Increasing the volume of alumina in the composites has a marked effect on their response to the fire test. The rapid increase in cold side temperature following the early commencement of the dehydration plateau gives relatively short fire ratings (FC1) compared to paste samples. The addition of alumina increases the thermal conductivity of the composite (see Table 4) and the water content reduces as the alumina content increases (due to a lower paste content). In a separate experiment drying of the composite at 100 and 250 °C also reduced the thermal conductivity which supported the effect of reduced water content. This reduction in water content means that less energy is required to supply the latent heat of evaporation of the water corresponding to a shorter duration of the dehydration plateau.
Whilst the filled composite gave a reduced fire rating, their integrity, as shown by the formation of only small cracks, even after a 3 h fire exposure time, is maintained. This is despite this system reaching a cold side temperature of 476 °C. Examination of the hot side of this specimen also showed minimal cracking. The brown colouration after firing was lighter than the paste due to the lower percentage of binder, and hence less oxidisable iron, in the composites.

4. Summary

Preloading of samples during high temperature exposure initiated viscous flow at lower temperatures than seen in unloaded tests, such as the dilatometer. Careful consideration in designing for the use of geopolymers at elevated temperatures is required so that viscous flow is not initiated during service.
The use of thermally stable filler/aggregate (α-alumina in this case) has led to viscous flow occurring at higher temperatures than in paste specimens.
The use of alumina filler in conjunction with a fibre tri-blend has enabled the production of composites showing good integrity after fire testing for 3 h. This has been at the expense of the fire rating defined in AS1530.4 due to the increased thermal conductivity imparted by the added alumina. However, observed cracking on hot and cold faces was minimal.
Increasing additional water content may extend the fire rating, but care must be taken that as cured physical properties are not overly reduced.
The high thermal conductivity shown by these composites may be beneficial when rapid heat dissipation from components is required. It may also be beneficial in the response to thermal shock loading where reductions in thermal gradients are advantageous.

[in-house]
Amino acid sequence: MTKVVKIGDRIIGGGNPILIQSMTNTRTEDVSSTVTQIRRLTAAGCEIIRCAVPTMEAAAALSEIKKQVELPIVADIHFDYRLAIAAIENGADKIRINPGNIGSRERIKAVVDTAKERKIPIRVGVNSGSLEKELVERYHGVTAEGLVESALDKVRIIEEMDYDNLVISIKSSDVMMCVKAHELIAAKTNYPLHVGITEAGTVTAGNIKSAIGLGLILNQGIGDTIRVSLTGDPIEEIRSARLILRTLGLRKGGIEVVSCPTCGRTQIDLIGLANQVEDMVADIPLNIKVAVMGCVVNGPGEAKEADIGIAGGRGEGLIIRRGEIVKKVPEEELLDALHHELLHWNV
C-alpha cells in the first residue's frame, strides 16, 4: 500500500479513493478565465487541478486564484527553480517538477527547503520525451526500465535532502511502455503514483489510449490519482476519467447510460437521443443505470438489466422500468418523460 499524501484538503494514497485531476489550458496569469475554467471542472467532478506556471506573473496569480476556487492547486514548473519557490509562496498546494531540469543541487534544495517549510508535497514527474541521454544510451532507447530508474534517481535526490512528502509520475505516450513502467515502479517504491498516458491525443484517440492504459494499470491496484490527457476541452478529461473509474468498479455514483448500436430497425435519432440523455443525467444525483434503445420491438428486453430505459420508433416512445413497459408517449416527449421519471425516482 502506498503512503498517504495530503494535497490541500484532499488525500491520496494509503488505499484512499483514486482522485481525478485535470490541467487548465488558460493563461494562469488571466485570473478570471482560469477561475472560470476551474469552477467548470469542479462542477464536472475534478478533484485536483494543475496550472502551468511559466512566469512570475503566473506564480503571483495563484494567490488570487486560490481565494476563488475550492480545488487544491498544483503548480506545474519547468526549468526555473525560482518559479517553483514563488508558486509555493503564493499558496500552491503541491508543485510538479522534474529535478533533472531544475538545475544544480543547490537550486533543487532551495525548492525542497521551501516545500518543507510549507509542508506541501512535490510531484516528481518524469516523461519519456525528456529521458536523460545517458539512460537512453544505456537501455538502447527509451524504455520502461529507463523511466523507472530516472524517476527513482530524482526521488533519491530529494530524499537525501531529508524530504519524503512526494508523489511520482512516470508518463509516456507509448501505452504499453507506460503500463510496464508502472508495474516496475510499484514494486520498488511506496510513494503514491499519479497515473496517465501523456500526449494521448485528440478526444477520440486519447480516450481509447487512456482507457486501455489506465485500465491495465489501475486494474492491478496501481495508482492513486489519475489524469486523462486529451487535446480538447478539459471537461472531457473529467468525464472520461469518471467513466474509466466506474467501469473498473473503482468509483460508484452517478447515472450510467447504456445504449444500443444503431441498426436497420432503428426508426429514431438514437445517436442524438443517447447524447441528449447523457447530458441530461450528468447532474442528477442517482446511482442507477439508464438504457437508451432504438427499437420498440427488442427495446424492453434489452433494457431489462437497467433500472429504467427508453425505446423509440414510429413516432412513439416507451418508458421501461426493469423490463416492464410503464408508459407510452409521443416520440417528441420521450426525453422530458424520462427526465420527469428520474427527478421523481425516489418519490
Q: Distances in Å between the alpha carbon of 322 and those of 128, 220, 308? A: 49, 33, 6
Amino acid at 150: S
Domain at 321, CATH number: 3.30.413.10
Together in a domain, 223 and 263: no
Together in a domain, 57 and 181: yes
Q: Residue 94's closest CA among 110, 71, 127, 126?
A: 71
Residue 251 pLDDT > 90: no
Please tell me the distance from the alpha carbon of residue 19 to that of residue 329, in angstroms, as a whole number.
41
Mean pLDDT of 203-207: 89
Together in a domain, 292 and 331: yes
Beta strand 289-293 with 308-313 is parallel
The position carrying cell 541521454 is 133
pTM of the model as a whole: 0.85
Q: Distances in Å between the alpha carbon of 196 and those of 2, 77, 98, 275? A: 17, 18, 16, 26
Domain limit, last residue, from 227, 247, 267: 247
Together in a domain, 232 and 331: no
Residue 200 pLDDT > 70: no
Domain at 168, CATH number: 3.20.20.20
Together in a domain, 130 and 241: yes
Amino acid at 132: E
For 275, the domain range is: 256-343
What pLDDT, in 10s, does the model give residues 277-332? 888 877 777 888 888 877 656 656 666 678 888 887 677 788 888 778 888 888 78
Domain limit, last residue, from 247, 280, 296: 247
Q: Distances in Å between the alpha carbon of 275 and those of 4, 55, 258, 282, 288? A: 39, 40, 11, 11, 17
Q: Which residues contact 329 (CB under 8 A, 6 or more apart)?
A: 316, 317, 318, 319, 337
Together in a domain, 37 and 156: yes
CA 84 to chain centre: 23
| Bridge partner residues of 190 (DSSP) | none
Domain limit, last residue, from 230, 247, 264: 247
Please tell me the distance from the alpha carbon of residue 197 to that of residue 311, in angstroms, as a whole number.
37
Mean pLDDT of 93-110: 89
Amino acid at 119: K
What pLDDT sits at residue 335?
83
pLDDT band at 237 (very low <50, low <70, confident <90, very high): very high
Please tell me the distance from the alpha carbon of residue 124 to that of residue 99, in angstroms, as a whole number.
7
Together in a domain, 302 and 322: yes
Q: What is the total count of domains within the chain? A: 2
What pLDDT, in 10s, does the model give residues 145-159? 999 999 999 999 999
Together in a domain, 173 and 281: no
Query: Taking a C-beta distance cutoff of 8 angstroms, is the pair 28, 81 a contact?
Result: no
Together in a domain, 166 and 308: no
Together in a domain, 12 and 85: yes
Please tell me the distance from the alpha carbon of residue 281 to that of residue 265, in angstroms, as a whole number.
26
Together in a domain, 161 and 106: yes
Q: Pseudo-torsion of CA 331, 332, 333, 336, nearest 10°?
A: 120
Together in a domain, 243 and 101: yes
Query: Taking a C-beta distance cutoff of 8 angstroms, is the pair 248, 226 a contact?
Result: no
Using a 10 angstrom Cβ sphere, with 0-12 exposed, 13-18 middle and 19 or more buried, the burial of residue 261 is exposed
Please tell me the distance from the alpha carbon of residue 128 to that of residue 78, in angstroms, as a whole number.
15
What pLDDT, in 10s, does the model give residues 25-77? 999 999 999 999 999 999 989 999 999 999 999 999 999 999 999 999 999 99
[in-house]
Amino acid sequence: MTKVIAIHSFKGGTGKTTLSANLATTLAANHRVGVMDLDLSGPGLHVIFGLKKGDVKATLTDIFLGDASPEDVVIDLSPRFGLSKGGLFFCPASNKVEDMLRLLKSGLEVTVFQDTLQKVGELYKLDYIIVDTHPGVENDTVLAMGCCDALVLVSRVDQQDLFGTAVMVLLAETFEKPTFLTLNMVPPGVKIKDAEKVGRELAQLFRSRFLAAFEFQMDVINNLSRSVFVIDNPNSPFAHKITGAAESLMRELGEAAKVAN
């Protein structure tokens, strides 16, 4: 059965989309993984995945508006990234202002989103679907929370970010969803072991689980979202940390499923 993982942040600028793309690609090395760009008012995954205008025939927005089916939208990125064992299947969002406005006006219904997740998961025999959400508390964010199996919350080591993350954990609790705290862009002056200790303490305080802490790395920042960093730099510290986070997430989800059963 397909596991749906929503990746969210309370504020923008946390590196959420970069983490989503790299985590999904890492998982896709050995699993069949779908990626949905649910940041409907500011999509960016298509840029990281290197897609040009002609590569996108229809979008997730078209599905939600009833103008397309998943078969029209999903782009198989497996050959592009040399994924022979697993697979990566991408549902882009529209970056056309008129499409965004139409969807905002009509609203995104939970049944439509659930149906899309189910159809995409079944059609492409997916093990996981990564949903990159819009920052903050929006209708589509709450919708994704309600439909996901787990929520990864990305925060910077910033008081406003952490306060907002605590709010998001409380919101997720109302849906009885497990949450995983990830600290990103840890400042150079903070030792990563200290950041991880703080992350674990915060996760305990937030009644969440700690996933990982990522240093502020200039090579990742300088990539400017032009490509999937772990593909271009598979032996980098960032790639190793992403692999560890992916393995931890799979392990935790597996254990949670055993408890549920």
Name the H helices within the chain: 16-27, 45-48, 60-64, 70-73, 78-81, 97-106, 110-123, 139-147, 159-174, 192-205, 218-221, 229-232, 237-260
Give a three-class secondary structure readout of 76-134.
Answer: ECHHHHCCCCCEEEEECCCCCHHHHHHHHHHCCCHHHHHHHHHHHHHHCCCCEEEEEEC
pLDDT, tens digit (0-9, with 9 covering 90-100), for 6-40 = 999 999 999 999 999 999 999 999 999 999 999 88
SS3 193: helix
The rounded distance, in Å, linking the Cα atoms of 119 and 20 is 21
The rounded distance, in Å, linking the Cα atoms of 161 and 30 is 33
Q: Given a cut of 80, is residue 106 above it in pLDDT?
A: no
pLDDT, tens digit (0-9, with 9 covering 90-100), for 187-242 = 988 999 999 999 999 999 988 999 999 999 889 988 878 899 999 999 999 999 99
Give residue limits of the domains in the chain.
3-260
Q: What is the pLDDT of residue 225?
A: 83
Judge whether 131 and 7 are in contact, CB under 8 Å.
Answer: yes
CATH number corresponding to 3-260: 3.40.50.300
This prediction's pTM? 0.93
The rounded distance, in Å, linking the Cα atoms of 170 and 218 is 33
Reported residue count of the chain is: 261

The selection of alternative fillers to alumina, added as a total replacement or as part of a blend with alumina, may be beneficial in increasing the fire rating without impacting on the integrity of the composite.

Author Contributions

Les Vickers and Arie van Riessen conceived and designed the experiments; Les Vickers and Zhu Pan performed the experiments. Zhong Tao and Zhu Pan provided equipment and supported the in situ testing as well as contributing to data analysis. Les Vickers wrote the paper with support from the other authors.

Conflicts of Interest

The authors declare no conflict of interest.


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Figure 1. High temperature testing arrangement.
Figure 1. High temperature testing arrangement.
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Figure 2. Dilatometer curves for C1.82 paste (blue) and HTC 6A composite (green). The composite curve shows both heating and cooling cycles as indicated by the direction of the arrows.
Figure 2. Dilatometer curves for C1.82 paste (blue) and HTC 6A composite (green). The composite curve shows both heating and cooling cycles as indicated by the direction of the arrows.
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Figure 3. C1.82PP compression test curves undertaken at ambient and 500 °C.
Figure 3. C1.82PP compression test curves undertaken at ambient and 500 °C.
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Figure 4. HTC 6A compression test curves, undertaken at ambient and 700 °C.
Figure 4. HTC 6A compression test curves, undertaken at ambient and 700 °C.
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Figure 5. C1.82PP as cured (AC) fracture surface image.
Figure 5. C1.82PP as cured (AC) fracture surface image.
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Figure 6. C1.82PP post compression test at 500 °C image.